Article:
The Commodity Futures Trading Commission (CFTC) has filed a lawsuit against “a virtual currency know as My Big Coin (MBC).” The CFTC alleges that the company raised more than $6 million USD by making false and misleading claims regarding the cryptocurrency’s utility and backing.
My Big Coin Latest Virtual Currency to Be Targeted by CFTC
The CFTC accuses My Big Coin of “misappropriating over $6 million from customers […] and using those funds for personal expenses and the purchase of luxury goods.” The complaint is filed against Randall Crater, the founder of the cryptocurrency, Mark Gillespie, who is accused of soliciting customers on behalf of the scheme, and My Big Coin, Inc.
My Big Coin is accused of “fraudulently soliciting potential and existing MBC customers throughout the United States by making false and misleading claims and omissions about MBC’s value, usage, and trade status,” including, among other claims, that “MBC was backed by gold.” The company also issued “payouts to customers [that] were fraudulently obtained from other customers in the manner of a Ponzi scheme.”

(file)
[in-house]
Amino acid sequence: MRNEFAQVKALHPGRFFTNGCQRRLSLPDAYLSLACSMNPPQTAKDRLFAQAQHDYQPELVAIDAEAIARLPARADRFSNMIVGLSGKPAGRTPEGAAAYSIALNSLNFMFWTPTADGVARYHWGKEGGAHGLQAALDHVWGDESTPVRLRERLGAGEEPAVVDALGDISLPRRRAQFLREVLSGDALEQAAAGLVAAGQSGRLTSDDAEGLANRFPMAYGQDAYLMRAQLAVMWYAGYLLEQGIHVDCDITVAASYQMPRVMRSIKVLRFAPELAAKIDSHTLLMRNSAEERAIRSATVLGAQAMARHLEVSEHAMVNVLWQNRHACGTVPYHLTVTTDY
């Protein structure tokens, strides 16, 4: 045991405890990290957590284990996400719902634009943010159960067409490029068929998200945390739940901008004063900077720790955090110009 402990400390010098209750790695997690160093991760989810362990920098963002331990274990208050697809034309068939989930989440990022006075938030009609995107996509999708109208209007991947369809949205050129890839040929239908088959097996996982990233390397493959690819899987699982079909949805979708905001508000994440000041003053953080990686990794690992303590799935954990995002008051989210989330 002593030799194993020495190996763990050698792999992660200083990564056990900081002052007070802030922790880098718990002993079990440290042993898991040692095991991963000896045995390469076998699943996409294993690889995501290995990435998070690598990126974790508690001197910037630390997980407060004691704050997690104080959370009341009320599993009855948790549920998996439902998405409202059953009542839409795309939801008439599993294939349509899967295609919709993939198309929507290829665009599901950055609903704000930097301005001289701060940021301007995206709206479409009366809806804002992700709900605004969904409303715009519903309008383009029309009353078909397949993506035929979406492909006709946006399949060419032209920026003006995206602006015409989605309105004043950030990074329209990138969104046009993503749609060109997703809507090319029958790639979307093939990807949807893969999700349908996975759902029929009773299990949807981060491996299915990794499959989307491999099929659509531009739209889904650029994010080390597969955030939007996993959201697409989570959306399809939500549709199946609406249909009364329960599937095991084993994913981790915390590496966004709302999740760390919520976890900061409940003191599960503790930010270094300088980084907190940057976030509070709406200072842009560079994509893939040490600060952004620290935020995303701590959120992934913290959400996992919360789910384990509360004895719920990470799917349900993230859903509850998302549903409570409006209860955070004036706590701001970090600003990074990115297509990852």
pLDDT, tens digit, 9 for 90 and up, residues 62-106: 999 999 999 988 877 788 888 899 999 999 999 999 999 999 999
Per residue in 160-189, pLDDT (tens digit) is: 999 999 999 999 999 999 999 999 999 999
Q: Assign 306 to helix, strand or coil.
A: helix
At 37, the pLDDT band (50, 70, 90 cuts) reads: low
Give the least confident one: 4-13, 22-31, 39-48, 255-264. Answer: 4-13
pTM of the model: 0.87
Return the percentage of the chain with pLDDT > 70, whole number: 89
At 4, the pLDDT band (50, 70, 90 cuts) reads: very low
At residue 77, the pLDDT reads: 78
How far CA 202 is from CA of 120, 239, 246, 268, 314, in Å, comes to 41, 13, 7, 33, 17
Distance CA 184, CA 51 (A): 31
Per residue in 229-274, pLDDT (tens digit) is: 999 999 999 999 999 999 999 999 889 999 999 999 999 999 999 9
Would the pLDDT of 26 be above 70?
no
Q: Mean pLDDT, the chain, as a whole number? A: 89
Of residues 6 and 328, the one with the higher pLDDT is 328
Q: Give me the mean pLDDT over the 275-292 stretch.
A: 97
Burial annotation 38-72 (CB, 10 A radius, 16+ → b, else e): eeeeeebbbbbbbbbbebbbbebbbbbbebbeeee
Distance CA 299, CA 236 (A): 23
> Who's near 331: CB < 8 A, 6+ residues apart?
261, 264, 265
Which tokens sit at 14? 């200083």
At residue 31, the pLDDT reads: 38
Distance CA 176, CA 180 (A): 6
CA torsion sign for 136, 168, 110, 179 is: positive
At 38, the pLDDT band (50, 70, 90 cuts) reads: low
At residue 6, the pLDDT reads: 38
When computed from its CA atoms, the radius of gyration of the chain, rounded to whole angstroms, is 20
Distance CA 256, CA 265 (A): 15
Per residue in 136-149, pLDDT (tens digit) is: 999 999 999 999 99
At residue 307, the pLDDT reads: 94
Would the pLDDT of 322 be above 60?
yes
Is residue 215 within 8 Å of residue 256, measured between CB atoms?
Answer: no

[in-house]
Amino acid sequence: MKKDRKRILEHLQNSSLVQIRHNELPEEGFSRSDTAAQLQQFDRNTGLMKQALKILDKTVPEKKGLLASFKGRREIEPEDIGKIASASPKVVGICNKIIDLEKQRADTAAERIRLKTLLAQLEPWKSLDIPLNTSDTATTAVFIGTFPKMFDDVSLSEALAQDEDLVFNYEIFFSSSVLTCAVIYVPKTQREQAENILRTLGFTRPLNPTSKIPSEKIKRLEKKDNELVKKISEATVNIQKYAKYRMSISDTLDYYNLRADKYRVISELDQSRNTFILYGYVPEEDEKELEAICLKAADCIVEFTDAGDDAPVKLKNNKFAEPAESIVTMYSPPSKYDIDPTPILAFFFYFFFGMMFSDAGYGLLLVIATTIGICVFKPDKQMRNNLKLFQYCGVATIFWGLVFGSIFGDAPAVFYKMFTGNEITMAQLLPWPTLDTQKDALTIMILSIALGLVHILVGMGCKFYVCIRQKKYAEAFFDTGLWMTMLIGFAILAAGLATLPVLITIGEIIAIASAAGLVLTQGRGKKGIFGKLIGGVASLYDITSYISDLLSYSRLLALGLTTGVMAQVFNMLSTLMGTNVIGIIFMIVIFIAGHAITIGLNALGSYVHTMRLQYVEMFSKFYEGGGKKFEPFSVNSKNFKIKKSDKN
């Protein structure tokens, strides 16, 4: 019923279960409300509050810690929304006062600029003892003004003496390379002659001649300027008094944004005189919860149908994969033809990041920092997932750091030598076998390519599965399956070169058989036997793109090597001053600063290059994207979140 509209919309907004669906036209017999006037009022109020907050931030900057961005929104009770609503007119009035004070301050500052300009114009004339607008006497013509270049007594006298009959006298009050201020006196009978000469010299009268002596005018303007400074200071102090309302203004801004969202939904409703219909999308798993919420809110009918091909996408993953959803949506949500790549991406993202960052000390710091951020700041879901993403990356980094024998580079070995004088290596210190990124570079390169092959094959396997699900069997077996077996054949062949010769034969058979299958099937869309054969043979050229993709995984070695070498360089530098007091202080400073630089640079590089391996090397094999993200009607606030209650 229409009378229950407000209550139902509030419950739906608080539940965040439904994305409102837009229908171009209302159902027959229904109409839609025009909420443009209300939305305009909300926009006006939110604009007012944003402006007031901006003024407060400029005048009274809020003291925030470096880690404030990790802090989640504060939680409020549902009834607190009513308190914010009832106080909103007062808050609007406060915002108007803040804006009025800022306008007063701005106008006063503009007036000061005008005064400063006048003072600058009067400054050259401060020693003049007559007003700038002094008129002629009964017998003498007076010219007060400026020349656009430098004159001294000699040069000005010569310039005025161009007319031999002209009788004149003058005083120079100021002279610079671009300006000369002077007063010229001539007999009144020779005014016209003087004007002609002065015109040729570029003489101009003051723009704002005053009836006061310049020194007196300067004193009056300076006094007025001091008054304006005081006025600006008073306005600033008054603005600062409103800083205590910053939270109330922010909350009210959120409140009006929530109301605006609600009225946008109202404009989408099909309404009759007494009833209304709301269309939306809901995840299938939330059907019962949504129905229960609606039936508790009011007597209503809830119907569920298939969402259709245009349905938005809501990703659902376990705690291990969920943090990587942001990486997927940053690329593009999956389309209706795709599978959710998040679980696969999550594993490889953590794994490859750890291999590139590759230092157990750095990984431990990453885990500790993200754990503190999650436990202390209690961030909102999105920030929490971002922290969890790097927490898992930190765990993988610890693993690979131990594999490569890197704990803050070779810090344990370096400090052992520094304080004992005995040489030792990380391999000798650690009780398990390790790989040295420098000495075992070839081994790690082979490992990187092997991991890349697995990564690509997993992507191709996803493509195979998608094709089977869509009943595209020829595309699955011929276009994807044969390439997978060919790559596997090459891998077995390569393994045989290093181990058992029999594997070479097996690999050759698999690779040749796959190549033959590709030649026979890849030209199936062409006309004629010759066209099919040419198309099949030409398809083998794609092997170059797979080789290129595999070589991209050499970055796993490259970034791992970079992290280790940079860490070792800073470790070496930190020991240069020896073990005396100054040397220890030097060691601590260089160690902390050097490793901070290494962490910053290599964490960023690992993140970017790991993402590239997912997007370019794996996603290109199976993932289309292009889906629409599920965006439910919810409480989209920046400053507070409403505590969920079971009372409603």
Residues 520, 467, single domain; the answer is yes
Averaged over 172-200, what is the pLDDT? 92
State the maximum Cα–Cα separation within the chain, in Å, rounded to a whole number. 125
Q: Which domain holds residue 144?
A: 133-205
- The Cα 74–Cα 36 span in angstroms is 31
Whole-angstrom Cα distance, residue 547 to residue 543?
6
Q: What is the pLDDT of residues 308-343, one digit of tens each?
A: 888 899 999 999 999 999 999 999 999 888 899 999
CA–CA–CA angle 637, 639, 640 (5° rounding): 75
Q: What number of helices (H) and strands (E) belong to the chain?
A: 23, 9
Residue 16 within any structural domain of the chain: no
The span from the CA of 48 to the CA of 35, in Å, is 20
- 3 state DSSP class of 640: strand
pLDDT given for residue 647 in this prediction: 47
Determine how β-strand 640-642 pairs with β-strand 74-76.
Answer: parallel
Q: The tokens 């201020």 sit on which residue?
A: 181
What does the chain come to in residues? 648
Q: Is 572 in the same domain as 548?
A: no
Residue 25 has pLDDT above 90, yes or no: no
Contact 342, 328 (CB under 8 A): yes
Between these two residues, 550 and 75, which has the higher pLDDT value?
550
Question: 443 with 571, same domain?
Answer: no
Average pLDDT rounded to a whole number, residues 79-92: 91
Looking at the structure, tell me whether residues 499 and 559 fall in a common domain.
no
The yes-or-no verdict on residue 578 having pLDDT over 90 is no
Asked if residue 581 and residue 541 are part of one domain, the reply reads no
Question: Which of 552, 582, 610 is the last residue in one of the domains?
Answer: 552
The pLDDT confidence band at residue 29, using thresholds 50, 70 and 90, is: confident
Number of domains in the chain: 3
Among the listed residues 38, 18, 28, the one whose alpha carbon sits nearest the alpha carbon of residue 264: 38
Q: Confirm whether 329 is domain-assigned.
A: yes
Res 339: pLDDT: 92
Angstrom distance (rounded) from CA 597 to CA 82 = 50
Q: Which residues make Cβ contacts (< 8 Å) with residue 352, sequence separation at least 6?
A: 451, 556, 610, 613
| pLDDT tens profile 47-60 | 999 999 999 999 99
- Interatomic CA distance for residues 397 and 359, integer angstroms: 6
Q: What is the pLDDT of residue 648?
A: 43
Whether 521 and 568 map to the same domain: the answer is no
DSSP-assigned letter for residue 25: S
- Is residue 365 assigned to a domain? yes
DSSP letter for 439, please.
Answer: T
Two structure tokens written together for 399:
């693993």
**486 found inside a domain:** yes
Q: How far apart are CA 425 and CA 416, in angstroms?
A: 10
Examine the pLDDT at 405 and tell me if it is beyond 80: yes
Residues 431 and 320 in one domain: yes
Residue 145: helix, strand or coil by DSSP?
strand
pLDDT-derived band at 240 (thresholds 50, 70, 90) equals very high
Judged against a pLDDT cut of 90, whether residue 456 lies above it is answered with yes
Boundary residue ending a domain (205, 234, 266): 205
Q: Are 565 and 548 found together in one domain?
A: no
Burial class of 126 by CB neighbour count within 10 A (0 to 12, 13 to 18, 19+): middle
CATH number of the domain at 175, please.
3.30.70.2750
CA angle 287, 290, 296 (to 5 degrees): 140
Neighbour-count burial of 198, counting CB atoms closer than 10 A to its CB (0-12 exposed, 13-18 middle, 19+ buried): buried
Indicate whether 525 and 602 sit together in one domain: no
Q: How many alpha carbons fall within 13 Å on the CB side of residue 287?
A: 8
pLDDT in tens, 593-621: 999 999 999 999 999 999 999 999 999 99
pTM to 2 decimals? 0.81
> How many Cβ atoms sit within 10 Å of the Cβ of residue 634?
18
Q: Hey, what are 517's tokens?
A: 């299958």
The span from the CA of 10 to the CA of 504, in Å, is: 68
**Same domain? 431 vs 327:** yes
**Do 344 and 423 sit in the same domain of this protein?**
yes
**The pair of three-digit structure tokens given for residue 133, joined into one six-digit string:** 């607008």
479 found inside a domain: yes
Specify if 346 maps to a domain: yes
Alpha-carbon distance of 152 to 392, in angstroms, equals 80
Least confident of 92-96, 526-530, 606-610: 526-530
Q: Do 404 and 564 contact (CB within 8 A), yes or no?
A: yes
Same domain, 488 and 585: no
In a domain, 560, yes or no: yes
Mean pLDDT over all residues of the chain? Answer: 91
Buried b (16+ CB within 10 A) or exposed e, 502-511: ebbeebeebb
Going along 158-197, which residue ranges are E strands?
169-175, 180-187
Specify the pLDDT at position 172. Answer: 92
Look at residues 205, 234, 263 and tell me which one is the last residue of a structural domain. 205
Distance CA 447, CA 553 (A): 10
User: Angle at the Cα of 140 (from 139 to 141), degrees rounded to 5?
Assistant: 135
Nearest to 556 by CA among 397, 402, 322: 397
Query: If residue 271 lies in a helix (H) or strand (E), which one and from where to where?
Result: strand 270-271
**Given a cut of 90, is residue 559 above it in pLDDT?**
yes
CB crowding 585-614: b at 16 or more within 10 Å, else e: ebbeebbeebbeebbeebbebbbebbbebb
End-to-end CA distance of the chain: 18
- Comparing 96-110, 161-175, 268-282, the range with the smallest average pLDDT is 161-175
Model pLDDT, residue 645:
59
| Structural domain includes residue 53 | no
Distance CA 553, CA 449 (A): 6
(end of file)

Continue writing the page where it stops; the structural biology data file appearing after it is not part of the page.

More Than $5 Million USD Was “Fraudulently Solicited From Customers in the District of Massachusetts”
James Macdonald, The CFTC’s Director of Enforcement, stated: “As this case shows, the CFTC is actively policing the virtual currency markets and will vigorously enforce the anti-fraud provisions of the Commodity Exchange Act. In addition to harming customers, fraud in connection with virtual currencies inhibits potentially market-enhancing developments in this area. We caution potential virtual currency customers, once again, that they should engage in appropriate diligence before purchasing virtual currencies.”
Adam Tracy, a lawyer representing My Big Coin, told Reuters that “the allegations contained in the CFTC’s complaint are just that, allegations, and I’ll be working with my client in the coming days to formulate a response to the complaint.”
Misappropriated Funds Used for Personal Purchases
The defendants are accused of having spent “virtually all of the approximately $6 million” on personal purchases, after “transferring customer funds into personal bank accounts.” The aforementioned purchases include “a home, antiques, fine art, jewelry, luxury goods, furniture, interior decorating and other home improvement services, travel, and entertainment.”
The CFTC filing will seek “civil monetary penalties, restitution, rescission, disgorgement of ill-gotten gains, trading and registrations bans” against the defendants.
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